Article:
Sanford federal trial set in Washington D.C.
The federal court in Washington DC denied this week six separate motions by Sanford Limited, which seeks to dismiss federal charges against the New Zealand based company, whose fishing vessel San Nikunau is alleged to have been non-compliant with the federal Act of Pollution from Ships (APPS) while fishing in the waters of American Samoa for the past six years.
Sanford and a former chief engineer are also charged with obstruction of justice. The defendants have rejected the allegations and entered not guilty pleas to a federal indictment.
Earlier this week, US District Court Judge Beryl A. Howell presided over Sanford motions for dismissal citing, among other things, insufficient evidence. The most serious of the defendant’s motions is the one seeking to dismiss the entire indictment alleging “prosecutorial misconduct” by the US Justice Department. After dismissing the defendant’s motions, Howell set trial to commence July 30.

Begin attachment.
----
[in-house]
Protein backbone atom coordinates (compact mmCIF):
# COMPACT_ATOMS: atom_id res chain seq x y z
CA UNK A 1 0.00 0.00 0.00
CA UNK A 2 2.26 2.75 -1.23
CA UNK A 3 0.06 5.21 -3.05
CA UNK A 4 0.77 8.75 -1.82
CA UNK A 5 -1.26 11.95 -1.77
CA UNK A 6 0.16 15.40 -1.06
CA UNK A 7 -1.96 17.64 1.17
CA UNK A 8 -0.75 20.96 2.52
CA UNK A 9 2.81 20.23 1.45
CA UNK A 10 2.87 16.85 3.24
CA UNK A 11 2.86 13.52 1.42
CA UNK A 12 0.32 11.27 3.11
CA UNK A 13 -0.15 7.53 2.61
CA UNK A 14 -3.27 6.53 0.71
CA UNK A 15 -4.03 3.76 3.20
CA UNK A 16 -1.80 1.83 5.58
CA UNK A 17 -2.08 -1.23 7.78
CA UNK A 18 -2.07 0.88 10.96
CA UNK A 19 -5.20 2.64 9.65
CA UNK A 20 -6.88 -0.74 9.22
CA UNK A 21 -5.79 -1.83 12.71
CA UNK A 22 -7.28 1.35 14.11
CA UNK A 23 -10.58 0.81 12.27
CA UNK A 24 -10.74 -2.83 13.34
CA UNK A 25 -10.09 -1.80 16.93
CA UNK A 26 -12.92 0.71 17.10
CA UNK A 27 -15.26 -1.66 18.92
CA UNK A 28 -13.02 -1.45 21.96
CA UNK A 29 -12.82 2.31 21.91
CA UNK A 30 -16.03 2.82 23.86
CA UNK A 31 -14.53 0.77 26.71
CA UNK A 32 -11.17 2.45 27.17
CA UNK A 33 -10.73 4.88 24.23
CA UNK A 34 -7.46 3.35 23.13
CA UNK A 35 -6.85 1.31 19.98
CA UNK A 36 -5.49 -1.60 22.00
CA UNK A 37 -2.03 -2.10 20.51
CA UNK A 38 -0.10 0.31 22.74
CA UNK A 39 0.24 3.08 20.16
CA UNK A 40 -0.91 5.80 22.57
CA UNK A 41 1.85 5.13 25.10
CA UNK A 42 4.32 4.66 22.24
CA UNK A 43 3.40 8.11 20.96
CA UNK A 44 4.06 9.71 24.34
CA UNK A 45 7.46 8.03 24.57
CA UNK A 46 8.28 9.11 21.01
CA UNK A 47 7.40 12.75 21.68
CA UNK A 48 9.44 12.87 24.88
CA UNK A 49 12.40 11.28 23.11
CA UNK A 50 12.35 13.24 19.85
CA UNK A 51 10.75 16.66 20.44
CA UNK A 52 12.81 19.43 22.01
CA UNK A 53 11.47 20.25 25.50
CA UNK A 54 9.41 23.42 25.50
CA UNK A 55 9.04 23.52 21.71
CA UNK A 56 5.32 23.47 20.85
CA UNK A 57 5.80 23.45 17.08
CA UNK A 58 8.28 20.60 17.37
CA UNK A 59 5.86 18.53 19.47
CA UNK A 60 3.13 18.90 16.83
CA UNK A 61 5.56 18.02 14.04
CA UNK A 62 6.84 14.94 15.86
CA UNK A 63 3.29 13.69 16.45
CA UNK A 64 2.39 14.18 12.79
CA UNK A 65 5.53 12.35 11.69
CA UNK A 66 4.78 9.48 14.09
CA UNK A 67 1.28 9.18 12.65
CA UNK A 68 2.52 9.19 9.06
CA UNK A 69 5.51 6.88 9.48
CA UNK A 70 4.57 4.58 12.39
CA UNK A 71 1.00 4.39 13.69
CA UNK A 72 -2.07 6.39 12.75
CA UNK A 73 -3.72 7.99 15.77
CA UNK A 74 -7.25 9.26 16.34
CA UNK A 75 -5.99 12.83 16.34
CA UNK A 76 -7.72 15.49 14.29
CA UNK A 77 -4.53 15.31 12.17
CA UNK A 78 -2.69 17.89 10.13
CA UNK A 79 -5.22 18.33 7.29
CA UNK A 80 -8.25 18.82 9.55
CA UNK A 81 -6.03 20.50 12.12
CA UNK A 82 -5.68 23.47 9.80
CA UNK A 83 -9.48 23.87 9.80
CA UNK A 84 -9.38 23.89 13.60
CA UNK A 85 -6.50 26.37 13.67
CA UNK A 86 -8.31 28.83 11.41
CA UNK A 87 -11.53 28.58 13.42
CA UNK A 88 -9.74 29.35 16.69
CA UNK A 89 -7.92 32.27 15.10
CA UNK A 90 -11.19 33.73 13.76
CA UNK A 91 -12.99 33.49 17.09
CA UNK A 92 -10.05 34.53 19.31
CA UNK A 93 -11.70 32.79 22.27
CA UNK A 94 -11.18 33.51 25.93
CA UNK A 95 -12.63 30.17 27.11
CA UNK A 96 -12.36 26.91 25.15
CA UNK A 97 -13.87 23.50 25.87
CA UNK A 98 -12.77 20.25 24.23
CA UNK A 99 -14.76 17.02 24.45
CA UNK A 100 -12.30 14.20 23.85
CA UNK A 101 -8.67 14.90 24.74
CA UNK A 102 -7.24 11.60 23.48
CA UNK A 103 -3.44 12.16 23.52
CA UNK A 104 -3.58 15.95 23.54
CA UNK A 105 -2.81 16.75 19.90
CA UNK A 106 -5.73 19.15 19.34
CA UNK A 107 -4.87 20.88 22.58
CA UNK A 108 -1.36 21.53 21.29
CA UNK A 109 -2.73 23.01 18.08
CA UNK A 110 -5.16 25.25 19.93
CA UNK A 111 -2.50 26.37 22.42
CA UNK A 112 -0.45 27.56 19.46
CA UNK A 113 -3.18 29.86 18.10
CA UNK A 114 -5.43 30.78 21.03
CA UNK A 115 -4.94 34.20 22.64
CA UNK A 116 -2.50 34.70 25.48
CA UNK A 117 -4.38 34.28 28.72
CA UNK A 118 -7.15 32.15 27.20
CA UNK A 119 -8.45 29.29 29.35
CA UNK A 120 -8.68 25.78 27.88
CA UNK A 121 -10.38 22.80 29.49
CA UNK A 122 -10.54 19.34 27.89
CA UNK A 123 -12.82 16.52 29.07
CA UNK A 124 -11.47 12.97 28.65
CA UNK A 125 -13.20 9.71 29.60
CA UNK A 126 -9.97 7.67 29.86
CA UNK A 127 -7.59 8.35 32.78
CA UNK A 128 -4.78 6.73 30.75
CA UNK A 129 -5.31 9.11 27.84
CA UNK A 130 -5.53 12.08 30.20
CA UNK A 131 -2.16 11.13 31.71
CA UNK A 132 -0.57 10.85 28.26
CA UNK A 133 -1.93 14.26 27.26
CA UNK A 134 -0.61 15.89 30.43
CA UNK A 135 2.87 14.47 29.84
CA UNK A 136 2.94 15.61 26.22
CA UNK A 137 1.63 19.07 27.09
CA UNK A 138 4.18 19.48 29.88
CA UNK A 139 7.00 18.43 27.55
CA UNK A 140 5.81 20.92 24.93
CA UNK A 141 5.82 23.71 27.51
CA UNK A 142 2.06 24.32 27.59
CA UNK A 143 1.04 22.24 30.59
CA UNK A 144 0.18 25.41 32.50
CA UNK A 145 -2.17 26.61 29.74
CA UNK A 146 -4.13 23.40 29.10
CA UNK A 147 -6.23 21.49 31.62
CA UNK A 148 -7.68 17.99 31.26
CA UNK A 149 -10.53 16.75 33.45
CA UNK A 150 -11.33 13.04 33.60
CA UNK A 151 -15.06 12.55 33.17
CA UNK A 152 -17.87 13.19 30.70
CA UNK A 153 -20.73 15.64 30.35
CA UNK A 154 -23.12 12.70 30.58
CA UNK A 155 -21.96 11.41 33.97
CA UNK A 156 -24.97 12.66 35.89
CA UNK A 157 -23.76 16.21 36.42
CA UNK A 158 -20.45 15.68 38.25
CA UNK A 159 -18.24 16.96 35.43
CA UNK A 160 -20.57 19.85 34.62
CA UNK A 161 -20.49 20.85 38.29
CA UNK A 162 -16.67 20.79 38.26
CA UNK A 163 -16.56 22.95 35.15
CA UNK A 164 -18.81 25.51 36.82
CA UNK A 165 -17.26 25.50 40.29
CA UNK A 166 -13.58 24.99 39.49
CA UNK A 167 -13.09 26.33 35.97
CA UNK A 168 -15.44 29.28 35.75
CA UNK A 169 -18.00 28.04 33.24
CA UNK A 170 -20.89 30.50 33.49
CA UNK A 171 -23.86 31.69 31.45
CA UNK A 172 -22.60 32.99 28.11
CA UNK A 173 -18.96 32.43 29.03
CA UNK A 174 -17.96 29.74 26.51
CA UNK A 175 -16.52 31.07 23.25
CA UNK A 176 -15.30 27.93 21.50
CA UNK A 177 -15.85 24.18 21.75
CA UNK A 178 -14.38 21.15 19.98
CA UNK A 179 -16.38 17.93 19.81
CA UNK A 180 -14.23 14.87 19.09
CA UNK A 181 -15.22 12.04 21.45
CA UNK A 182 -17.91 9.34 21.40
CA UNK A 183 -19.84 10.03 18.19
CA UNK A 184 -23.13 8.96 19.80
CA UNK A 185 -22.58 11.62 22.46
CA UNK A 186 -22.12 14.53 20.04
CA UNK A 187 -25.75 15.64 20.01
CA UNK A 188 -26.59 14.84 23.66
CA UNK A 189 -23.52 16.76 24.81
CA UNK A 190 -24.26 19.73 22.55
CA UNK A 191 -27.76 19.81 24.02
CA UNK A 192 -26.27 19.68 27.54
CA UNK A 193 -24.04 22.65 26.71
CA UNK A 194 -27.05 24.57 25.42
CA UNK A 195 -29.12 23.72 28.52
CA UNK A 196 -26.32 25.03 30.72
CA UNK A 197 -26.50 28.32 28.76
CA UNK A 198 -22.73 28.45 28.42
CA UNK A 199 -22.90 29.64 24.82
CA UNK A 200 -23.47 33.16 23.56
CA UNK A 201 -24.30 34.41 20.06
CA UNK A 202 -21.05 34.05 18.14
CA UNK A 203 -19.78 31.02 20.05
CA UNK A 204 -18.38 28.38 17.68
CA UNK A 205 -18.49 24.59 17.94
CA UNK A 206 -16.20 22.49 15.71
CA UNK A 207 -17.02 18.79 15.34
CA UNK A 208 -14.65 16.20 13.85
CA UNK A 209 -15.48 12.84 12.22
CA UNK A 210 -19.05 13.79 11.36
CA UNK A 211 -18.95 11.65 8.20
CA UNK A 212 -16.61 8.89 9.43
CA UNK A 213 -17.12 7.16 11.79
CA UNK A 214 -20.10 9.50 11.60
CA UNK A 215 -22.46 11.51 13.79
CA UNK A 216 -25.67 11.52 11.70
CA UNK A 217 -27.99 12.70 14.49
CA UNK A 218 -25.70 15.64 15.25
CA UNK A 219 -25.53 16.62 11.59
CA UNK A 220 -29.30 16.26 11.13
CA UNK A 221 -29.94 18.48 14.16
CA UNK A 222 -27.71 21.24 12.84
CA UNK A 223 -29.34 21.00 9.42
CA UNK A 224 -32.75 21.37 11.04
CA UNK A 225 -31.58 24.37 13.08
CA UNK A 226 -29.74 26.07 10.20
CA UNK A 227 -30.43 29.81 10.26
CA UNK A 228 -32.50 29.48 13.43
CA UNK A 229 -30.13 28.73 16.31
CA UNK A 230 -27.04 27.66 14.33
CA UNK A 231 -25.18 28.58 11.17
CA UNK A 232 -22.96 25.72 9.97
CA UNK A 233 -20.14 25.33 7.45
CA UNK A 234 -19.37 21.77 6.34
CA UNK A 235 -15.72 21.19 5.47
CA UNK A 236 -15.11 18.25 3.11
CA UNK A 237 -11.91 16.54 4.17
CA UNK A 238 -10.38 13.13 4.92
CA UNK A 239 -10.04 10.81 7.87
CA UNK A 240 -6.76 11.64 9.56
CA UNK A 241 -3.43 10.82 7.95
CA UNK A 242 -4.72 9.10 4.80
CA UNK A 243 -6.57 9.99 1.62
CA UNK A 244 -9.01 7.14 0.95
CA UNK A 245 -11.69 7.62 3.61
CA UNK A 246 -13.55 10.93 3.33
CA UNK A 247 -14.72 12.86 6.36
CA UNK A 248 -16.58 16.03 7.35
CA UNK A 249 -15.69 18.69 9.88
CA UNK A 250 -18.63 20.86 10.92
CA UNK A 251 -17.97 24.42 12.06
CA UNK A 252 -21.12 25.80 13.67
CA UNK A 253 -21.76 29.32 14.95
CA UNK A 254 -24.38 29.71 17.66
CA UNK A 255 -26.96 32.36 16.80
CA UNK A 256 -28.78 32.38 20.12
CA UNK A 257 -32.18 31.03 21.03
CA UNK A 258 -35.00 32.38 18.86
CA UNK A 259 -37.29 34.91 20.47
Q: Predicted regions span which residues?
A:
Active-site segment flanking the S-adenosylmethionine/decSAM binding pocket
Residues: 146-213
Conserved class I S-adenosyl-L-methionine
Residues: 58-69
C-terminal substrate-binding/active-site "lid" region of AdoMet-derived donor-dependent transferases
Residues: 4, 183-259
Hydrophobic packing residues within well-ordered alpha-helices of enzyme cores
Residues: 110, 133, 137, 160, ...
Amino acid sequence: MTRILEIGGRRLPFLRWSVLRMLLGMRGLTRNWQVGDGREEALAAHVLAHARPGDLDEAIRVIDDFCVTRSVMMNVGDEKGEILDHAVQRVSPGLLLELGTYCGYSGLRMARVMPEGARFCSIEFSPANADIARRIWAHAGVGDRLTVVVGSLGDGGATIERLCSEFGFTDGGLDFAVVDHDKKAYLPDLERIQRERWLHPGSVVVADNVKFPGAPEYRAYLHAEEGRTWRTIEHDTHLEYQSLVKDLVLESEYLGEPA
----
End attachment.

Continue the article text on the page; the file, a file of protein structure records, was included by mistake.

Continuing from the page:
Meanwhile, Howell ordered the taking of depositions of three current crew members of the San Nikunau, which is scheduled to sail out of New Zealand for international fishing destinations by the end of this month.
Sanford had sought court permission to take depositions of Larry Verbe Baguinben, Manual Gulliman and Moana Tai Eric Fredricsen, because they refused to travel to Washington DC to testify for their employer. These three are not charged in this case.
Sanford contends that statements by the three men will assist its defense to impeach testimonies of other former crew members, who will be witnesses for the government at trial.
Sanford said the men, who are foreign citizens, have refused to travel to the US to testify during trial even after the company offered to pay travel and accommodation expenses.
In separate declarations filed by Sanford in court, the men assert they did not commit nor observe illegal discharge of waste into the waters of American Samoa, during the vessel’s trips.
Additionally, Fredricsen who is the vessel’s first mate and navigator denied claims by the government that he was the individual that instructed crew members “in the galley on the vessel” and “during a ride to the Coast Guard office” in Pago Pago to make false statements to the Coast Guard during the course of the Coast Guard investigation.
Fredricsen also says these allegations are “not true” and that he “told no one to lie but rather to tell what they knew”.